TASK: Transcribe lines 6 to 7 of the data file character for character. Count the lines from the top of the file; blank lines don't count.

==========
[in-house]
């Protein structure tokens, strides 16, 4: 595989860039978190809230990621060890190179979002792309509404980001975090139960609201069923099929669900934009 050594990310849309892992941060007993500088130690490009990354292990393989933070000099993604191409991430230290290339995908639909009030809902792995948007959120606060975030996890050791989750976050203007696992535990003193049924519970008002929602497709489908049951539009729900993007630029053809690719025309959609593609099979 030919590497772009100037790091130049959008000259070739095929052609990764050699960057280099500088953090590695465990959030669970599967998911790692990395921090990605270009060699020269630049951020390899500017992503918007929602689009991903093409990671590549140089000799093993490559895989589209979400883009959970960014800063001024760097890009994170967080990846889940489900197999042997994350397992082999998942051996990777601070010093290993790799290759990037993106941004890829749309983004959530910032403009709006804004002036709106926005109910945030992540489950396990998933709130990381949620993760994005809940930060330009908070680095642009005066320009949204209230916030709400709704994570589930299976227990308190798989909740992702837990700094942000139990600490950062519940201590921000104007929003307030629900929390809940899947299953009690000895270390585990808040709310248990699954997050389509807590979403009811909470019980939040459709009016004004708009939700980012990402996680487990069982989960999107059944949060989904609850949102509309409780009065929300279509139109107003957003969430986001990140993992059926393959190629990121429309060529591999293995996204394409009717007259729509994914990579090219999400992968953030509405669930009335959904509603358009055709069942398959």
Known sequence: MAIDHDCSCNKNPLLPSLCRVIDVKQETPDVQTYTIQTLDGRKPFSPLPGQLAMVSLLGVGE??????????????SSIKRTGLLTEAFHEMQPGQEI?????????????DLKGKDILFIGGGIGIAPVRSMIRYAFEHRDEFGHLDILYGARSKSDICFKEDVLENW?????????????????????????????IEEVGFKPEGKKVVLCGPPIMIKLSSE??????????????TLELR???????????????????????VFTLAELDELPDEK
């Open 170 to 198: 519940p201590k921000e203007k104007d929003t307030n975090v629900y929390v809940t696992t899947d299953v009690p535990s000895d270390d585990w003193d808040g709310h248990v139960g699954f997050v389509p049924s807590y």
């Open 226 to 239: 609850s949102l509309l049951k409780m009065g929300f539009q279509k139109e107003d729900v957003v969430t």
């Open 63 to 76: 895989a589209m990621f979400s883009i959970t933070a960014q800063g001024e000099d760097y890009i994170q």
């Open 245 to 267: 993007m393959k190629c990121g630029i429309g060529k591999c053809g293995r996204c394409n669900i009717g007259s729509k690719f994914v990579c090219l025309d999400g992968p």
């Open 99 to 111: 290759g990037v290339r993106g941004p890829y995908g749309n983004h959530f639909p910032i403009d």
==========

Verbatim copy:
């Open 63 to 76: 895989a589209m990621f979400s883009i959970t933070a960014q800063g001024e000099d760097y890009i994170q």
């Open 245 to 267: 993007m393959k190629c990121g630029i429309g060529k591999c053809g293995r996204c394409n669900i009717g007259s729509k690719f994914v990579c090219l025309d999400g992968p």